Detroit Red Wings: Budd Lynch – the Voice of the Red Wings Dies
DETROIT – NOVEMBER 05: Budd Lynch closes the pre-game presentation with a ceremonial puck drop with Dan Boyle #22 of the San Jose Sharks and Nicklas Lidstrom #5 of the Detroit Red Wings during a NHL game at Joe Louis Arena on November 5, 2009 in Detroit, Michigan. (Photo by Dave Reginek/NHLI via Getty Images)
By Rhys Richards (@RREsq)
Detroit Red Wings fans will miss the voice that they have associated with Red Wings hockey since 1949.
Budd Lynch, 95, died this morning in Wyandotte, Michigan. Lynch served as the team’s public-address announcer and was synonymous with Detroit hockey.
Born in Windsor, Lynch served for the Essex Scottish Regiment of the Canadian Forces in World War II and ultimately lost his right arm and shoulder a month after being hit by a German shell on D Day in Normandy.
In 1949, Detroit General Manager Jack Adams hired Lynch away from the Windsor Spitfires to call Red Wings games.
Former player and current Detroit broadcaster Mickey Redmond told the Detroit Free Press, “Budd Lynch didn’t just work for the Red Wings, he was part of the brand. To me, he was a walking encyclopedia of not only life, but especially the hockey world. We’re all better off for having the opportunity to work with him for so many years.”
Redmond added, “He made a lot of people’s lives better because of the way he was and the way he carried on. He had a great demeanor, a great, proud Irishman, and wore it on his sleeve. A real gentleman.”
Lynch began his career on the radio, then did television work from 1949 to 1975. From 1975 to 1985, he served as the team’s public relations director before taking his job as the public address announcer in 1985.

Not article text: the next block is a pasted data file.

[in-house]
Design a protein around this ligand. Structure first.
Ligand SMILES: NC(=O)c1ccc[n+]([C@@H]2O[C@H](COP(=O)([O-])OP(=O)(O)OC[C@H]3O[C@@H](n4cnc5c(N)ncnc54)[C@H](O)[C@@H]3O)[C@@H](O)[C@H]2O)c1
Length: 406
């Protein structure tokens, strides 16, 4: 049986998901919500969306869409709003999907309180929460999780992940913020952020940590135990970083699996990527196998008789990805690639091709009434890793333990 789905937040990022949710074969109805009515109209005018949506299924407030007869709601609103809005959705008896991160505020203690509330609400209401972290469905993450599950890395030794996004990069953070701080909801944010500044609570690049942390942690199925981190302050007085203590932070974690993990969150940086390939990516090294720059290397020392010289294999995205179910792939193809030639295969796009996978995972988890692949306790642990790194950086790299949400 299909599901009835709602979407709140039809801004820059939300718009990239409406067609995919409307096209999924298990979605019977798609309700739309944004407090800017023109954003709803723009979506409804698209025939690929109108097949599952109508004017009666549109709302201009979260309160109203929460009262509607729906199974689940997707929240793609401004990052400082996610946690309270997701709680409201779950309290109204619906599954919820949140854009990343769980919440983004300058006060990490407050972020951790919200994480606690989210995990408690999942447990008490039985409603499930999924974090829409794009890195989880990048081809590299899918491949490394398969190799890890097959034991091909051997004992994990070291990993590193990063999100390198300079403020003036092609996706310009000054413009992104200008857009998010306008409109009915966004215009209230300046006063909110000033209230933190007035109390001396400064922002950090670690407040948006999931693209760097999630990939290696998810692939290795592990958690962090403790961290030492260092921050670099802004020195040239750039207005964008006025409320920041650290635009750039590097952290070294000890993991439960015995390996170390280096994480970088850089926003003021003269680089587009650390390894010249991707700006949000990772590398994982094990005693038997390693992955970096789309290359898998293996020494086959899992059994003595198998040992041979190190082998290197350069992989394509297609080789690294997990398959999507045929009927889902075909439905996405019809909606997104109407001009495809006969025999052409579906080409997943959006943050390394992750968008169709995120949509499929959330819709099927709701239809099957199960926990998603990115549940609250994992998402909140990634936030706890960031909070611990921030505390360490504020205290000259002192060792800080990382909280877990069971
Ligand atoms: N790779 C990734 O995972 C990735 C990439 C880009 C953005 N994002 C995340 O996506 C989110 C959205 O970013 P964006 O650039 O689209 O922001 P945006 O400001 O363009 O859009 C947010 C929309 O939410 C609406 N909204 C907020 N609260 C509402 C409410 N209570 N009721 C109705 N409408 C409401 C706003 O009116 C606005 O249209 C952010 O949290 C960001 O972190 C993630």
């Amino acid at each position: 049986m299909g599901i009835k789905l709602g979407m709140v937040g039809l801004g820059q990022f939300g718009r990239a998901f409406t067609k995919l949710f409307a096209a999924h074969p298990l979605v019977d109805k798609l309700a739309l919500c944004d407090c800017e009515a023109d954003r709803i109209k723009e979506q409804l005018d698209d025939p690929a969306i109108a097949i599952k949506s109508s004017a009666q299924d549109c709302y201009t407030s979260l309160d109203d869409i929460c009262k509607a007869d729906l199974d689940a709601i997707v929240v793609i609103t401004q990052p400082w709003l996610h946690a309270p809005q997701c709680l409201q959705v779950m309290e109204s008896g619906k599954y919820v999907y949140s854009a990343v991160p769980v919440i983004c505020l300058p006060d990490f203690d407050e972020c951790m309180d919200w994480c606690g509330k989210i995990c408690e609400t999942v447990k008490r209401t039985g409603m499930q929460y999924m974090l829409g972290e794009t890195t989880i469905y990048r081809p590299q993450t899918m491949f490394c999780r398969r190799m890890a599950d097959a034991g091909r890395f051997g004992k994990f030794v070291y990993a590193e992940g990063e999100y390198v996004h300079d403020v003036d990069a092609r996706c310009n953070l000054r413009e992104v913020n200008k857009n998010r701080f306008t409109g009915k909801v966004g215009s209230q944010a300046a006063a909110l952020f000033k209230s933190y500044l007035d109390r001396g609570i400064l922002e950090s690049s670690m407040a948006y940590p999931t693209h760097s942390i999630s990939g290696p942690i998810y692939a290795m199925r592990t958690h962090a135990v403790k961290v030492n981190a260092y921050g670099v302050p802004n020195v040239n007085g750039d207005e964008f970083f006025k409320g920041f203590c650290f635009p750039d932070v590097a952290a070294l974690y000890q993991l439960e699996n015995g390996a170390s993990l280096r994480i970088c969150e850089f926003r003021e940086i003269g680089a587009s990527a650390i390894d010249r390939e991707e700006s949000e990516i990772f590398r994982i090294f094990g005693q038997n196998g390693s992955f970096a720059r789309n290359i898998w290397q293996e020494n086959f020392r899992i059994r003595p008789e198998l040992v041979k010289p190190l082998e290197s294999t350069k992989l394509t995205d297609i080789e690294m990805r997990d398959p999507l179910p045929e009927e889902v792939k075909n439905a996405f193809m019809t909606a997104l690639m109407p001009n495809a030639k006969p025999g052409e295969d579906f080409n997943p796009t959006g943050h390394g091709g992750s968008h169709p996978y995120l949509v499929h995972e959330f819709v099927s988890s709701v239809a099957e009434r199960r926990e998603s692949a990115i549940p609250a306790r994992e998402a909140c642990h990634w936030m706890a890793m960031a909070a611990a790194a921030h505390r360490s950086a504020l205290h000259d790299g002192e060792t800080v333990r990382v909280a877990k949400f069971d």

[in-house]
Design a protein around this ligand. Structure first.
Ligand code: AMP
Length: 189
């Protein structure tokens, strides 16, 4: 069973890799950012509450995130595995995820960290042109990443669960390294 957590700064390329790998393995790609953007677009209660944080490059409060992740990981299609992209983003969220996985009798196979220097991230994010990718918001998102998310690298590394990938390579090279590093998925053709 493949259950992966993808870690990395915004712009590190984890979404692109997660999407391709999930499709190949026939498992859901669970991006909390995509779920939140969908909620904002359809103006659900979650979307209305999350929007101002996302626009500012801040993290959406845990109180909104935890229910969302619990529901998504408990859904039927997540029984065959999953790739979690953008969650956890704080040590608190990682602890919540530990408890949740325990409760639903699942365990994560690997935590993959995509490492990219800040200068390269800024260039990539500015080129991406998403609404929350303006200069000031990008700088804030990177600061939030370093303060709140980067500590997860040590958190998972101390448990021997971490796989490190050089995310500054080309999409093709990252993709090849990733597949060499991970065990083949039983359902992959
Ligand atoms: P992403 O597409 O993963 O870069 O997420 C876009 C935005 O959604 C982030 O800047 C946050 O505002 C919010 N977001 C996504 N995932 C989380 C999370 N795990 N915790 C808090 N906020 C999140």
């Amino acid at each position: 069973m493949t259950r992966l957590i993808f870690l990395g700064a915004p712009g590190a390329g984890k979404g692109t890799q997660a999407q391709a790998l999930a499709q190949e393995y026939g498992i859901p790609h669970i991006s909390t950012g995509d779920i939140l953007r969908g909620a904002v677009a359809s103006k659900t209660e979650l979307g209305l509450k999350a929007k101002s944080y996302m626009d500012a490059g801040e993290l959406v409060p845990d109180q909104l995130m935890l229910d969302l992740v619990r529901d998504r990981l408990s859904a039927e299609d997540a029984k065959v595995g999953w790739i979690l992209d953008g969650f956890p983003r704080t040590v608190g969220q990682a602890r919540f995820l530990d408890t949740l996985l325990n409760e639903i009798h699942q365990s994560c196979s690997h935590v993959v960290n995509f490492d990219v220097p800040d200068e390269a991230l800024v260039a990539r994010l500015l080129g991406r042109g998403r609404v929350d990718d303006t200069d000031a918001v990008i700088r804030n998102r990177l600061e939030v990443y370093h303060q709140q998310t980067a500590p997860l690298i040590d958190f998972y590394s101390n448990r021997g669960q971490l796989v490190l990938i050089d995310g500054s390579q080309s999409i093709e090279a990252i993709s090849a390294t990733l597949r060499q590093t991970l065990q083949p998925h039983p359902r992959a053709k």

Lynch earned five Stanley Cup Championship rings beginning in the 1953-54 season and was on the microphone for eight of Detroit’s 11 Stanley Cups.
Lynch was inducted into the Hockey Hall of Fame in 1985 as the winner of the Foster Hewitt Memorial Award given for outstanding contributions as a hockey broadcaster. Lynch was inducted to the Michigan Sports Hall of Fame in 1994. In 2005, he received the Ty Tyson Award for Excellence in Sports Broadcasting issued by the Detroit Broadcasters Association.
In 2007, Lynch released his autobiography My Life: From Normandy to Hockey Town.
On November 5, 2009, Lynch was honored at Joe Louis Arena for the 60th anniversary of his first play-by-play television broadcast for the Red Wings. Fans received bobbleheads of the great Detroit announcer.
Detroit Vice President of Communications summed Lynch up best when he told the Detroit news, “[Lynch]’s as much a part of this team as the ice on the floor.
Wings radio play-by-play announcer Ken Kal told the Detroit Free Press, “One of the nicest men that I ever met. He was a history book, really, when it came to the Red Wings. He could recall it just like it was yesterday.
“He was kind of like a fatherly figure, in a lot of ways, to me,” Kal added. “If you had a question about announcing or hockey, you could go to him. In a lot of ways, he was like Ernie Harwell. Well-liked, a great ambassador for the Red Wings.”
Today is a sad day in Hockeytown.
Information obtained from www.freep.com, www.detroitnews.com, and http://www.michigansportshof.org.
Share your thoughts about the NHL, the Detroit Red Wings, and hockey in general with Rhys at Twitter: @RREsq. He can be reached via email at RhysJRichards@gmail.com. Join the many fans of The Hockey Guys on Facebook and Twitter @TheHockeyGuys